Immigration Appeal. The claimant Russian national issued judicial review proceedings contending that, on the proper interpretation of of the Nationality, Immigration and Asylum Act 2002, he could leave the United Kingdom to return to Chechnya without abandoning his appeal against the cancellation of his indefinite leave to remain. The Administrative Court, in dismissing the application, held that, in the circumstances, the claimant positively withdrawn or abandoned his appeal. Accordingly, the judicial review application was academic and there were no exceptional circumstances to justify hearing an academic claim.

R (on the application of Kurmekaj) v The Secretary of State for the Home Department

Nationality British nationality. The claimant's application for naturalisation had been refused on the basis that he lacked good character due to his deception. He sought judicial review.The Administrative Court, in dismissing the claim, held that the claimant had failed to establish that the defendant Secretary of State had erred in law in her consideration of deception and good character when considering the naturalisation application. Further, the Secretary of State had not breached the claimant's rights under art 8 of the European Convention on Human Rights.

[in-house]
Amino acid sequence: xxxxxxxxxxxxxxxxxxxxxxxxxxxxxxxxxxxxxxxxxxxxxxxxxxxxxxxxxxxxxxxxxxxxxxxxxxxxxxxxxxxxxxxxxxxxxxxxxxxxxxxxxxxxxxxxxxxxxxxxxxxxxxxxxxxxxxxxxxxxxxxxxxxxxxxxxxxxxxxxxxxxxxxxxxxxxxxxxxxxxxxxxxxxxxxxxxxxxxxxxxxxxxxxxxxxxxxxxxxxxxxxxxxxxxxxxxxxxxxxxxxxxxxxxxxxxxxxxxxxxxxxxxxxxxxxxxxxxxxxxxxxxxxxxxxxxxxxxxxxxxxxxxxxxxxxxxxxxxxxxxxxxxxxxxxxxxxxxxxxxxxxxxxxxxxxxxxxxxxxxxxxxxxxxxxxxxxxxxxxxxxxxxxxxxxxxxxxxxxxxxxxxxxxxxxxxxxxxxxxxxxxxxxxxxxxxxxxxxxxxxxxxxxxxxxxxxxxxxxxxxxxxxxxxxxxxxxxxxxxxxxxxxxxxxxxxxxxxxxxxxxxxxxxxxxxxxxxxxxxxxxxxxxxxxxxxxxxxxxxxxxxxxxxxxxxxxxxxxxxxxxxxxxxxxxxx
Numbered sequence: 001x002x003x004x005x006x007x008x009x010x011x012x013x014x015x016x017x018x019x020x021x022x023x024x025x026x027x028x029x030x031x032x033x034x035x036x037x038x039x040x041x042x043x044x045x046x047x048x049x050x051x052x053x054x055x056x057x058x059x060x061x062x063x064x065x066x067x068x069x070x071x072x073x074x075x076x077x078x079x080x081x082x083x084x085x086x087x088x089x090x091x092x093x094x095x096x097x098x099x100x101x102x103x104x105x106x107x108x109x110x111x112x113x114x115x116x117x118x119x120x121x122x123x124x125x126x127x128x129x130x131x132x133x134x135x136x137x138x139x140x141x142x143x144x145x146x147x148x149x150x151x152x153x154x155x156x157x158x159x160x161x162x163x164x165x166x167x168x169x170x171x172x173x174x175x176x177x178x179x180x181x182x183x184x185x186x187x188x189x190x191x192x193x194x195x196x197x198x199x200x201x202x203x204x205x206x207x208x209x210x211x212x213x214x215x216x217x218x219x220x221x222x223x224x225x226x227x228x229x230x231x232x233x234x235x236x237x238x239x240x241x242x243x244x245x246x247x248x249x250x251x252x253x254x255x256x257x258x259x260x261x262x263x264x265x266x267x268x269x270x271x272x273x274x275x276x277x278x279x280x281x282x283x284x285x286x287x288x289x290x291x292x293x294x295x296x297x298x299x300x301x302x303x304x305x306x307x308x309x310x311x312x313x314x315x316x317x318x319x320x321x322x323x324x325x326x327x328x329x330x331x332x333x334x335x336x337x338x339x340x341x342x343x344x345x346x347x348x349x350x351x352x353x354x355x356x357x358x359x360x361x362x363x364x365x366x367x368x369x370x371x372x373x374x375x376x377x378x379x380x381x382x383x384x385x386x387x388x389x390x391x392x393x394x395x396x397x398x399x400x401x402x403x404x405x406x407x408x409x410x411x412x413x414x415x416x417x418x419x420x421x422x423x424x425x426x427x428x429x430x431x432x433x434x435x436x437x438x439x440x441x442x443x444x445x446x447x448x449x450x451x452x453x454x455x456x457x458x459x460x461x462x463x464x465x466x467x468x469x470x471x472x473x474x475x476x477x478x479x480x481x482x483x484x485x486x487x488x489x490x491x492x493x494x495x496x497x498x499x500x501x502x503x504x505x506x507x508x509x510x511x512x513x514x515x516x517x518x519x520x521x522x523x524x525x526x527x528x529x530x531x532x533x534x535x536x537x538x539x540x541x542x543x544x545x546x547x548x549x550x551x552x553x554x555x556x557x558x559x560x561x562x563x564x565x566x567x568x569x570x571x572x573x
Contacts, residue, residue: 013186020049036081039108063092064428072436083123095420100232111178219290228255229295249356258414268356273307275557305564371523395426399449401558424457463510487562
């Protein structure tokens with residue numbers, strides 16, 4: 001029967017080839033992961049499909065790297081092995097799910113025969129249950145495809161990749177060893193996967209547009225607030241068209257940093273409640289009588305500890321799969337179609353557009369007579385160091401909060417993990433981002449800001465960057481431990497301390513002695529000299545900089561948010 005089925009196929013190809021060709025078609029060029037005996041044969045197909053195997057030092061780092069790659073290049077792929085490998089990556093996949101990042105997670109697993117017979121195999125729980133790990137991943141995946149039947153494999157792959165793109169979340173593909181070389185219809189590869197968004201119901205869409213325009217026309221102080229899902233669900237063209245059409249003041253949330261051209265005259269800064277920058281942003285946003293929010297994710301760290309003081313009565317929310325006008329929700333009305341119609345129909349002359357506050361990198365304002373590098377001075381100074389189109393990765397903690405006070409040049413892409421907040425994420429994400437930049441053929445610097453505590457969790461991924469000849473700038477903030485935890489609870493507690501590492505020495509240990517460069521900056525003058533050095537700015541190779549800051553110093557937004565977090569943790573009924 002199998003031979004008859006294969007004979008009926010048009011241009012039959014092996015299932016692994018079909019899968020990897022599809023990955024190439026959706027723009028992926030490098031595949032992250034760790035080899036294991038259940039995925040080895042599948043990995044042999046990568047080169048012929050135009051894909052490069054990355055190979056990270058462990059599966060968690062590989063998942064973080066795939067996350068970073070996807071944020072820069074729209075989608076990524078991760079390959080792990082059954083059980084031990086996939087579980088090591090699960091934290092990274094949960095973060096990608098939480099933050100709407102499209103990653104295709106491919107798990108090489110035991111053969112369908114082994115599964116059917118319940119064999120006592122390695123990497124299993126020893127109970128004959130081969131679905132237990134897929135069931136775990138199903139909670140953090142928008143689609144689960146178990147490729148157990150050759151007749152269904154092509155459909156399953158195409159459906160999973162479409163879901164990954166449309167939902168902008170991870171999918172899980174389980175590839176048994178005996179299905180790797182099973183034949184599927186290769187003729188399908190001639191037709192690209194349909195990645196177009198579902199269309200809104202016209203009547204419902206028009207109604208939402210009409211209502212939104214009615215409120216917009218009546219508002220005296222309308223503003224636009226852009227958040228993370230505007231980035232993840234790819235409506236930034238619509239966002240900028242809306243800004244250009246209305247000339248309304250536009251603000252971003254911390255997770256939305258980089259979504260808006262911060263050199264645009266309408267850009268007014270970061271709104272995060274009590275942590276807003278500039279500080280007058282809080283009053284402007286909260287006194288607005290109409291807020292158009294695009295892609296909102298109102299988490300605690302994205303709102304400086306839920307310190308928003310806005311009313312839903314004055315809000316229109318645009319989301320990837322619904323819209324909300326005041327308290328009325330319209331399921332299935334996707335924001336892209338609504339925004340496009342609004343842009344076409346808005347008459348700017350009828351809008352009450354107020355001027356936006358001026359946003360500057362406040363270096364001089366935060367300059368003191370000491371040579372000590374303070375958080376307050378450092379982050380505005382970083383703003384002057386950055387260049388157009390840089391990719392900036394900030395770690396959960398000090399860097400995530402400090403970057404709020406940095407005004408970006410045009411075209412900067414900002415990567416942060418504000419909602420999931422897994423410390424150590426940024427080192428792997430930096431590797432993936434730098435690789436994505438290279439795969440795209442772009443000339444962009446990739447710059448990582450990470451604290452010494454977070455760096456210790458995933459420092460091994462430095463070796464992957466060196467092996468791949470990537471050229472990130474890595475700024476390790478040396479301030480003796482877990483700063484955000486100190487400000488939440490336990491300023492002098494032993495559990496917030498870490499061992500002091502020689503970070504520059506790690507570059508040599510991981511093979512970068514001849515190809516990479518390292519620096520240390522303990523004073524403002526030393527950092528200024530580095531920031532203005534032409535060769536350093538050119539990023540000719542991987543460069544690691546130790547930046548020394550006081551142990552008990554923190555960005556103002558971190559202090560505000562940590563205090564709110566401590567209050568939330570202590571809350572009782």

*R (on the application of Carrasco) v Secretary of State for the Home Department

Immigration Leave to remain. The claimant Ecuadorian national applied for leave to remain. In March 2011, the defendant Secretary of State rejected that application without reference to the claimant's children. The claimant applied for judicial review and in July, the Secretary of State agreed by consent to review the March 2011 decision. In the same month, the Secretary of State's policy changed with the effect that those in the claimant's position would receive discretionary leave to remain (DLR). In November, the Secretary of State granted the claimant three years' DLR. The claimant sought judicial review of the decision to grant him DLR rather than indefinite leave to remain (ILR). That claim was brought late due to the claimant's financial position. Allowing the claim, the Administrative Court accepted the claimant's submission that his case had fallen within the types of scenarios in which the Secretary of State had contemplated that the granting of ILR after the policy change in July 2011 would have been appropriate. Further,whilst the delay in bringing the claim had been undue delay, it had not been particularly reprehensible and in the circumstances of the case and declarative relief would be granted.